It is very important to listen to your legislators. Really understand what their positions are and why. Relay any information you receive from your legislator to the members of your organization, community, family and friends. Information helps to shape future talking points and also helps to broaden the audience.

Dos and Don’ts
• Lie or exaggerate

• Waste time

• Be a know-it-all

• Make promises you can't deliver

• Be argumentative

• Burn bridges


• Relay accurate information

• Make your arguments brief

• Be courteous, punctual and patient

• Make yourself a resource

• Choose 2 or 3 main talking points, and stick to them!

• Ask for a specific action

• Use time wisely

• Listen & share information

• Follow up: always write a thank-you note

Writing Your Legislators, Governor, Or US Congressional Members
A letter to your lawmaker is next most effective and the most common form of communication. Writing letters helps create a paper trail. Most letters are noted and answered by legislators or their staff. The amount of mail received by a legislator ("mail count") sometimes helps to determine his or her approach to an issue. Here are some tips to get started.

Be clear and concise.
The purpose for writing the letter should be stated in the first paragraph. If your letter pertains to a specific piece of legislation, identify it accordingly.

Be specific. Ask for action.
Tell your legislator exactly what action you want taken, and give the reasons for your position. Do not hesitate to cite your own experiences or how the proposed legislation will directly impact you. If you are an expert in a particular field (i.e. a doctor, lawyer, patient, etc.) mentioning that can help to build credibility.

Include supplemental information.
Enclosed with the letter you can include related editorials, news articles, research studies, letters to the editor, or other supplemental materials that support your position or generally relate to the issue you are concerned with.

One issue at a time.
Address only one issue in each letter, and, if possible, keep the letter to one page. Also, thank your legislator in advance for the consideration s/he will give to the issue.
Knowledge And Awareness

Knowledge can be equated with the contents of consciousness, in the present, future or past. It consists of elements of the phenomenal world and their interrelationships. As such it can be fully described and communicated and also explained within the current scientific paradigm, at least potentially.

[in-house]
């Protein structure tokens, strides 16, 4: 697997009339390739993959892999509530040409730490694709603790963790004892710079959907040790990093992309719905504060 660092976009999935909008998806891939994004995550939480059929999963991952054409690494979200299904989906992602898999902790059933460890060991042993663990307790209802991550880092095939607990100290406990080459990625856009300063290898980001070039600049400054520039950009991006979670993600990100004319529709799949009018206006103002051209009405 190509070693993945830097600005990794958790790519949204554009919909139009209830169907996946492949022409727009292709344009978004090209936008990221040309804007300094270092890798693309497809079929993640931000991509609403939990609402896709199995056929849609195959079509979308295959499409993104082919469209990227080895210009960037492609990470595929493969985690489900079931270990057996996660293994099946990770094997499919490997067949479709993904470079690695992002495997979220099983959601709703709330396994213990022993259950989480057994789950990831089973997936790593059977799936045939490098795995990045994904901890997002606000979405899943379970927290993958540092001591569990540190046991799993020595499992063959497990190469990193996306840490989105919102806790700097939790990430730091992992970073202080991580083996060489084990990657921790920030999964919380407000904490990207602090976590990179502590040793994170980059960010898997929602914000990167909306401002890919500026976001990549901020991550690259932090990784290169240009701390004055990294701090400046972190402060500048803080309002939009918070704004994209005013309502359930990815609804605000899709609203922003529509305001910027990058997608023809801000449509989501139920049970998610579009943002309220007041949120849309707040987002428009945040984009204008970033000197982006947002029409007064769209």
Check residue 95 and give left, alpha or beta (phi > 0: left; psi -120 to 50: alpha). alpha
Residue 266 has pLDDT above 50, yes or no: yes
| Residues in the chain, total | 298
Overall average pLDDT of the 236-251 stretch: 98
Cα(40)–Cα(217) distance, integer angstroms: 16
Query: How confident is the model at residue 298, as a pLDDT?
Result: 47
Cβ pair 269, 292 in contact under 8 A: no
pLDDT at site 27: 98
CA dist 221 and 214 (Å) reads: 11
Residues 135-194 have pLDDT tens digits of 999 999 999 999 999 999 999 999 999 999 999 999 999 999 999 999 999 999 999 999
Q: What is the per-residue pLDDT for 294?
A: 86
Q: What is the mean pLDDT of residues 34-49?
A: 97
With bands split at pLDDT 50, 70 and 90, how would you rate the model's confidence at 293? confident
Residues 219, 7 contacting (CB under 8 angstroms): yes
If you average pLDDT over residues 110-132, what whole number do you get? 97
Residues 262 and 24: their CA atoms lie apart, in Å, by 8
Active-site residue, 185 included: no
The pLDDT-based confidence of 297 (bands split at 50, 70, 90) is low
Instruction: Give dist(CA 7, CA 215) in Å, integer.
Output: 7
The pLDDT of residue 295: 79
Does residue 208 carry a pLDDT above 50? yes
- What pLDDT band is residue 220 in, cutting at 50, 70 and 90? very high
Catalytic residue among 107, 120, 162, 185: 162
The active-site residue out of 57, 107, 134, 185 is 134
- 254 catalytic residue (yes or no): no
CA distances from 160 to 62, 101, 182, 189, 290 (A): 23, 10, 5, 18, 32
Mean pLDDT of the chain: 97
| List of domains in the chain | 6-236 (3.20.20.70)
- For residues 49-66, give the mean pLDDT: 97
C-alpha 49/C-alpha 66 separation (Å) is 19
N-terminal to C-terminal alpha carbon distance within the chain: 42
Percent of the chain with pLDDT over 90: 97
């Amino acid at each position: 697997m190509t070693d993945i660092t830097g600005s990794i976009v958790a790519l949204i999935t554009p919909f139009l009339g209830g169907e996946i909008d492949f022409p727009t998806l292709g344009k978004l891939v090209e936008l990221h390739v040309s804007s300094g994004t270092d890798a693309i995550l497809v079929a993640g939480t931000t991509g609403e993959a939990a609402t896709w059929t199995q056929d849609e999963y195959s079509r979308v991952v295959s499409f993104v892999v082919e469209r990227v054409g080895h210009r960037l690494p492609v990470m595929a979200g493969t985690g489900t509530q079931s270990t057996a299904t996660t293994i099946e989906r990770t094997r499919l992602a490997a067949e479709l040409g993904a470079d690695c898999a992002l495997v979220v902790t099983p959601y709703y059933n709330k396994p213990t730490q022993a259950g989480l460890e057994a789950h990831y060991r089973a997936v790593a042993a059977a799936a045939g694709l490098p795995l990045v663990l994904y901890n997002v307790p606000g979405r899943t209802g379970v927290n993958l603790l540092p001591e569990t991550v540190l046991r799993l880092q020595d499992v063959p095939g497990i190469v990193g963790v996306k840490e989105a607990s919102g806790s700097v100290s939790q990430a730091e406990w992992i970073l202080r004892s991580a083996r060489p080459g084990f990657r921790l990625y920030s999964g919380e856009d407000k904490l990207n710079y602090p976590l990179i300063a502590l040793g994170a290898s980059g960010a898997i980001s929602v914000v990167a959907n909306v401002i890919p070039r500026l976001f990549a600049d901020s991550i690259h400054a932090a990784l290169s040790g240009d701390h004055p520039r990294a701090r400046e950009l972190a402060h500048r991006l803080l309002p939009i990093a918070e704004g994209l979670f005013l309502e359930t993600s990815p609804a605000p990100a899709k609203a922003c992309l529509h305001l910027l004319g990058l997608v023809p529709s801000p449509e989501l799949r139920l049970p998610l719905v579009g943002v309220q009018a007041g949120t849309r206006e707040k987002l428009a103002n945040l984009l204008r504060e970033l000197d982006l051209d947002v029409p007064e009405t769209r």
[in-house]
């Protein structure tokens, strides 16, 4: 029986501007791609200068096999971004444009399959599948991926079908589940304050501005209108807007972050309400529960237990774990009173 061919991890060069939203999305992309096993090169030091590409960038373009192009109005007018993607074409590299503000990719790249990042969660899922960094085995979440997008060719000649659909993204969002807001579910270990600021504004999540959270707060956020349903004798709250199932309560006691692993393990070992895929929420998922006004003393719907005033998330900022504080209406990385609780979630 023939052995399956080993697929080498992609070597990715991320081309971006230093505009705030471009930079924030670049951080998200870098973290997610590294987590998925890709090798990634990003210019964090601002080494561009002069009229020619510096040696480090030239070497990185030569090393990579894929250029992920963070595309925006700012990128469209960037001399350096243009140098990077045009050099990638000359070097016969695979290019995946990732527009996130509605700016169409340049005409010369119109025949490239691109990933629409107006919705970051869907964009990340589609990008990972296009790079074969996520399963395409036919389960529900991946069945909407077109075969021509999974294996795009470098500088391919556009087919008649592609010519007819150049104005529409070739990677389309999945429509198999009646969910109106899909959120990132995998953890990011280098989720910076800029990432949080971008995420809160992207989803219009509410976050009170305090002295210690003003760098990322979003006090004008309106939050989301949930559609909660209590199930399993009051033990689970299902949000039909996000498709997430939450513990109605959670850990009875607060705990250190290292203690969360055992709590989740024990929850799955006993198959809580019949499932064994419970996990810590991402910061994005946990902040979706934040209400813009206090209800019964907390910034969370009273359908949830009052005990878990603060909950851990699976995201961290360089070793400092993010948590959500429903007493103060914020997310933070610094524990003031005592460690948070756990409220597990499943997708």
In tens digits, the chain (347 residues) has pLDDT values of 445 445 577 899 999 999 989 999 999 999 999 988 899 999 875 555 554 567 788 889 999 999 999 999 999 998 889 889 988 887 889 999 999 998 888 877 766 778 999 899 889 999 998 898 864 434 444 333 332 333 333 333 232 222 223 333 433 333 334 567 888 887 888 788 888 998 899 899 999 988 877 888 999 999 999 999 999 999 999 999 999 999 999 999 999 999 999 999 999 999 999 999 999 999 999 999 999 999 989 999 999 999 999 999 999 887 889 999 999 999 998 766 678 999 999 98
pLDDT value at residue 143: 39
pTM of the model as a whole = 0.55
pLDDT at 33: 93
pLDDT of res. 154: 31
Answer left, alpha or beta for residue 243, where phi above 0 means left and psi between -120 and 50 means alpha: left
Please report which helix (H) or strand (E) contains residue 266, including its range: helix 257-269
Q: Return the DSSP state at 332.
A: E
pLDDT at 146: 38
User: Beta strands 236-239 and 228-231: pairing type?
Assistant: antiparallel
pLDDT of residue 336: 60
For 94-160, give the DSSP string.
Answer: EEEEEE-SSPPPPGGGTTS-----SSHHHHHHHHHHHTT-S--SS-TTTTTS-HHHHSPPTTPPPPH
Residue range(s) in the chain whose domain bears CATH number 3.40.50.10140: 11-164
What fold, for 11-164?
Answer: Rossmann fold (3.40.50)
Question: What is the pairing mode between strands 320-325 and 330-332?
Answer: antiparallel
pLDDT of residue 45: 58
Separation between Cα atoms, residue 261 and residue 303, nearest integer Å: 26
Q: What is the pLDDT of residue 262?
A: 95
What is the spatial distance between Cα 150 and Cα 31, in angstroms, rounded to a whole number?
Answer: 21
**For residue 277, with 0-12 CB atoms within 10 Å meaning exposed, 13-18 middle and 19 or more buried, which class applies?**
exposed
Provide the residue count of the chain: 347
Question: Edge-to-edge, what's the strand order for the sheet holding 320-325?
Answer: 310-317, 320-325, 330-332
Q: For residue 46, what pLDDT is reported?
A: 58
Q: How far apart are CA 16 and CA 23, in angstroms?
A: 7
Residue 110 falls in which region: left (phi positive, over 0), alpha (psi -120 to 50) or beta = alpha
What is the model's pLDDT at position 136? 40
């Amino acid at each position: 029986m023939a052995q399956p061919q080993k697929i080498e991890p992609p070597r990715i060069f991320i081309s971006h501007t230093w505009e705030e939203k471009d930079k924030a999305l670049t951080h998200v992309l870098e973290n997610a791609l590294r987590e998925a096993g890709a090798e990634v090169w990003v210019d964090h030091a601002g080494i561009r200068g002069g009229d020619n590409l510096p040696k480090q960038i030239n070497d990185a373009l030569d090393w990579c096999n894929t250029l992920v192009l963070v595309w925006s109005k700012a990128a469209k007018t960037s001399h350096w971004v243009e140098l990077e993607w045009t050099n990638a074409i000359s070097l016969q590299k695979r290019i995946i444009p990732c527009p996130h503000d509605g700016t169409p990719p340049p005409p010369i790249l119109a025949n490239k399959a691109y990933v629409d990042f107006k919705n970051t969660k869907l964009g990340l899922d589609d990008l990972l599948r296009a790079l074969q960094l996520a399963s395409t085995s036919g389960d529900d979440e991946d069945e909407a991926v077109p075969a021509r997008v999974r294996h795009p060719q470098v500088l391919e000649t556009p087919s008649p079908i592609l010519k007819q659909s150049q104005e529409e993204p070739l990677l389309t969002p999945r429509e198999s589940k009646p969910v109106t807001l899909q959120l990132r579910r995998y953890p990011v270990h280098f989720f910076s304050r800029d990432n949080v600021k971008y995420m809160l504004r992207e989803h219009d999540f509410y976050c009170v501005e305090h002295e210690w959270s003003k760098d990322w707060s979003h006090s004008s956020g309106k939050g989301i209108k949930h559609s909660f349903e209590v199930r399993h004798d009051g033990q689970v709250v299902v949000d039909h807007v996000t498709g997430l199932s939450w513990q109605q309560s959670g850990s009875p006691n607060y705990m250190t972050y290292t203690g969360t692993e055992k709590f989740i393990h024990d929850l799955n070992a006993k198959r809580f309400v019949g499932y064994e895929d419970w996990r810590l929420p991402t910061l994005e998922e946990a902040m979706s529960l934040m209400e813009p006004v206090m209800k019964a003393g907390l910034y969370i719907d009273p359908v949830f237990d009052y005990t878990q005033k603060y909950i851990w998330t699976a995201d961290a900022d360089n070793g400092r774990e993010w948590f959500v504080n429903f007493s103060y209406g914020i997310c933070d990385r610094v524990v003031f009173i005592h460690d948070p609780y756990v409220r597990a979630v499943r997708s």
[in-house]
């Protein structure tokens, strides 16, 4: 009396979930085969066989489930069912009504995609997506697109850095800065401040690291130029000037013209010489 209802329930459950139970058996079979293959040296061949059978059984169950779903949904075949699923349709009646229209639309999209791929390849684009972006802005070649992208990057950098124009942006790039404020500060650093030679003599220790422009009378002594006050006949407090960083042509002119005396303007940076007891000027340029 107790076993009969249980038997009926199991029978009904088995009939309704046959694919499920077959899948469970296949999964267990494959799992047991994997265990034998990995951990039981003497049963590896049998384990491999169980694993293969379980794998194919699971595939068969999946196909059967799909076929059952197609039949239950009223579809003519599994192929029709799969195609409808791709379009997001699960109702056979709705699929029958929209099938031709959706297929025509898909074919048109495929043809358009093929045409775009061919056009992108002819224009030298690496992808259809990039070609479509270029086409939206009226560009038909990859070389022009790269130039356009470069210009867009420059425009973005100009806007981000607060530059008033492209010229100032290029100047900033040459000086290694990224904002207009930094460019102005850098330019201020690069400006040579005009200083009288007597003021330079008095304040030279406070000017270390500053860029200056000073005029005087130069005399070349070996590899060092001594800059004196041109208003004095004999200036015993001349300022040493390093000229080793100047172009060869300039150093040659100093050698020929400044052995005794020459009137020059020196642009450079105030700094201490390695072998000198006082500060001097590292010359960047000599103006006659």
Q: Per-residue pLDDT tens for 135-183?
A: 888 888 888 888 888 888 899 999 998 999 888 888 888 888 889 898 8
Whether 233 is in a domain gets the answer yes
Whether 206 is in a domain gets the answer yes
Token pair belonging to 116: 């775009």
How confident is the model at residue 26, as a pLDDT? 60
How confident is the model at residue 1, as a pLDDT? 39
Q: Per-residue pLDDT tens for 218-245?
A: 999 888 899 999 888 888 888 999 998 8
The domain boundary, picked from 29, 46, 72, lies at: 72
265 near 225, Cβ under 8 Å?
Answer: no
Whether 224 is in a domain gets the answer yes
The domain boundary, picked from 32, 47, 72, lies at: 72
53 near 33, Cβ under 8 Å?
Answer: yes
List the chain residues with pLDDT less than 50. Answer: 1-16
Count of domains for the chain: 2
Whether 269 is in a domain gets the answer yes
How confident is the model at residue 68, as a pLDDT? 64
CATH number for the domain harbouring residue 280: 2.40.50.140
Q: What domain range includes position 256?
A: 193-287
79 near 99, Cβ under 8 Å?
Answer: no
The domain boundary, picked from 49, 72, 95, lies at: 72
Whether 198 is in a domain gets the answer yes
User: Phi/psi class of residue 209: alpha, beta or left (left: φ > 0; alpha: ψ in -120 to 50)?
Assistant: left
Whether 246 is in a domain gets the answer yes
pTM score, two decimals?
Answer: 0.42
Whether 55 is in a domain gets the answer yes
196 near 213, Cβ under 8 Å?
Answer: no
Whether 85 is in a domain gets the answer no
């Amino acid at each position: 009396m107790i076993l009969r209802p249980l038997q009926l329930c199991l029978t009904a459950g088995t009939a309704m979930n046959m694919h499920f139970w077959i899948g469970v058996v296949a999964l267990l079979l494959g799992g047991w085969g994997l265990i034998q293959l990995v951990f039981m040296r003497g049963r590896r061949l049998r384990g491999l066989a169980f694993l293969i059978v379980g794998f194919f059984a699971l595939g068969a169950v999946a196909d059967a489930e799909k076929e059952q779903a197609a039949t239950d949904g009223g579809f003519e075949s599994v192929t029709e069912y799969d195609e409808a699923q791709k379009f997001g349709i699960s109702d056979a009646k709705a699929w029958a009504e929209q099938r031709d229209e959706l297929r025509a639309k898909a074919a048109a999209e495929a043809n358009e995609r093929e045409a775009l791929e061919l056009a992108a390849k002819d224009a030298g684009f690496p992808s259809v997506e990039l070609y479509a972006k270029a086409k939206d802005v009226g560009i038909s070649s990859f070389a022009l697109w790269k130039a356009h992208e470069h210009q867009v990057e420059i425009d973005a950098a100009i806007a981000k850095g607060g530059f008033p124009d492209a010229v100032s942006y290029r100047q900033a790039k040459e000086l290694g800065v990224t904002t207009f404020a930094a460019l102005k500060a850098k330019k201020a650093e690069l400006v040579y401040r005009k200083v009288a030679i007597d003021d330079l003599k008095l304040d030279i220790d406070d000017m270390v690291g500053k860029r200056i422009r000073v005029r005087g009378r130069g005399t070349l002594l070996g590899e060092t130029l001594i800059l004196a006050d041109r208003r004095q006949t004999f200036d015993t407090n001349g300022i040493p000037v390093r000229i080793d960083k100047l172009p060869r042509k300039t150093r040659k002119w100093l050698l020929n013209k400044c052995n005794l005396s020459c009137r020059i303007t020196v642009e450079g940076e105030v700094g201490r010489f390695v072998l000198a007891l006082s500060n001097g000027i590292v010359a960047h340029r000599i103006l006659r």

Awareness, on the other hand, is a label we use to refer to the subjective nature of consciousness. What is called the hard problem of consciousness. The fact that there is something that it is like to be conscious. This aspect of consciousness cannot be explained within the current scientific paradigm, the best that science can do is to assume that it will be fully explained in the future as an illusion of the self-referential information processing in the brain. This is called eliminative materialism.

Other people believe that awareness is a fundamental aspect of reality, rather than produced by any process of matter or energy, noting that all phenomena of matter are inferred from conscious experiences.

Phoning Your Legislator

Contacting your legislator by phone is an effective way to show your support or opposition on a particular issue. Phone calling is most effective when you can mobilize "phone-ins" - when lots people call their legislator's office(s) regarding a specific issue within a few days or even a few hours of one another.

Be aware of timing. The most effective time to place a call to your lawmaker is close to a vote or legislative hearing. It is not required that you write a letter or have made an attempt to contact your lawmaker prior to a phone call, but it is helpful. If you have written or visited with your legislator in the past remind them or their staff of this previous contact when you call.

Write a script. Before you make the call, think thoroughly about the reason for your call. Your phone call will be short, so you really need to have an action for your legislator to make and one or two concise statements prepared to support the action. The goal is to make absolutely clear what action you want your legislator to take.

Identify yourself, make sure they understand that you are a concerned voter and tell the aide you would like to leave a brief message, for example: "Please tell Supervisor/Councilman (Name) that I support/oppose (name legislation or ordinance).

Ask to speak to the right person. Generally, a staff member, not the lawmaker, will take your telephone calls. It is important that you ask to speak with the aide who handles your issue. Make clear your position and the action you think your member should take. Feel free to ask questions and share information about your issue, however be concise and considerate.

The ABCs of CITIZEN ADVOCACY by Americans For Safe Access for You.